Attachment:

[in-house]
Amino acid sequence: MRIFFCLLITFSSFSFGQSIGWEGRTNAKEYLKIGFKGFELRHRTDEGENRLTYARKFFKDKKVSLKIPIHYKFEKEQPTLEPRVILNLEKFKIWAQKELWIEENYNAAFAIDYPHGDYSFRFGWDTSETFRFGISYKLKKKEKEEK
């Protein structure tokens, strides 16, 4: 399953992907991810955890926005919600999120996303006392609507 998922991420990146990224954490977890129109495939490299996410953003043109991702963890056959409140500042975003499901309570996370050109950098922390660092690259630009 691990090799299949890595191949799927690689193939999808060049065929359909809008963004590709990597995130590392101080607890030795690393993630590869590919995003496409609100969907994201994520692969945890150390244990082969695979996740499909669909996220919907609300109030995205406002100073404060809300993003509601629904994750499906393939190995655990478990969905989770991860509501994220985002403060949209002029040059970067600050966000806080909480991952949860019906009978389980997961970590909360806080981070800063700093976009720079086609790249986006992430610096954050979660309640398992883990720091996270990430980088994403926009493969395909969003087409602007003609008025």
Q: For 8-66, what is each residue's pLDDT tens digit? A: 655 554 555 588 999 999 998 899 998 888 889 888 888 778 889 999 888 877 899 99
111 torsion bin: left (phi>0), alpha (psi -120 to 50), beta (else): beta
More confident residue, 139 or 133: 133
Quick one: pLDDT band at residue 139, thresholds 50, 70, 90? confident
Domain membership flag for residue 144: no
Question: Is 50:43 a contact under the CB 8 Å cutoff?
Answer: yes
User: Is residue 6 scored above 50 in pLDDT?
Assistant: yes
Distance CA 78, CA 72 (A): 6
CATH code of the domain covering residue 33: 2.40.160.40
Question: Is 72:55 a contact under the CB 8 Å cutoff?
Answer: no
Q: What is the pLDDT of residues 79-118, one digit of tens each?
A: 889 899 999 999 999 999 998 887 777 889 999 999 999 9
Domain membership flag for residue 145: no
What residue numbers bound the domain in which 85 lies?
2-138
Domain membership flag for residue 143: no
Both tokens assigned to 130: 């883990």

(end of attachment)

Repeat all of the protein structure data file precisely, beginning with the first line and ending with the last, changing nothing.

[in-house]
Amino acid sequence: MRIFFCLLITFSSFSFGQSIGWEGRTNAKEYLKIGFKGFELRHRTDEGENRLTYARKFFKDKKVSLKIPIHYKFEKEQPTLEPRVILNLEKFKIWAQKELWIEENYNAAFAIDYPHGDYSFRFGWDTSETFRFGISYKLKKKEKEEK
């Protein structure tokens, strides 16, 4: 399953992907991810955890926005919600999120996303006392609507 998922991420990146990224954490977890129109495939490299996410953003043109991702963890056959409140500042975003499901309570996370050109950098922390660092690259630009 691990090799299949890595191949799927690689193939999808060049065929359909809008963004590709990597995130590392101080607890030795690393993630590869590919995003496409609100969907994201994520692969945890150390244990082969695979996740499909669909996220919907609300109030995205406002100073404060809300993003509601629904994750499906393939190995655990478990969905989770991860509501994220985002403060949209002029040059970067600050966000806080909480991952949860019906009978389980997961970590909360806080981070800063700093976009720079086609790249986006992430610096954050979660309640398992883990720091996270990430980088994403926009493969395909969003087409602007003609008025």
Q: For 8-66, what is each residue's pLDDT tens digit? A: 655 554 555 588 999 999 998 899 998 888 889 888 888 778 889 999 888 877 899 99
111 torsion bin: left (phi>0), alpha (psi -120 to 50), beta (else): beta
More confident residue, 139 or 133: 133
Quick one: pLDDT band at residue 139, thresholds 50, 70, 90? confident
Domain membership flag for residue 144: no
Question: Is 50:43 a contact under the CB 8 Å cutoff?
Answer: yes
User: Is residue 6 scored above 50 in pLDDT?
Assistant: yes
Distance CA 78, CA 72 (A): 6
CATH code of the domain covering residue 33: 2.40.160.40
Question: Is 72:55 a contact under the CB 8 Å cutoff?
Answer: no
Q: What is the pLDDT of residues 79-118, one digit of tens each?
A: 889 899 999 999 999 999 998 887 777 889 999 999 999 9
Domain membership flag for residue 145: no
What residue numbers bound the domain in which 85 lies?
2-138
Domain membership flag for residue 143: no
Both tokens assigned to 130: 């883990």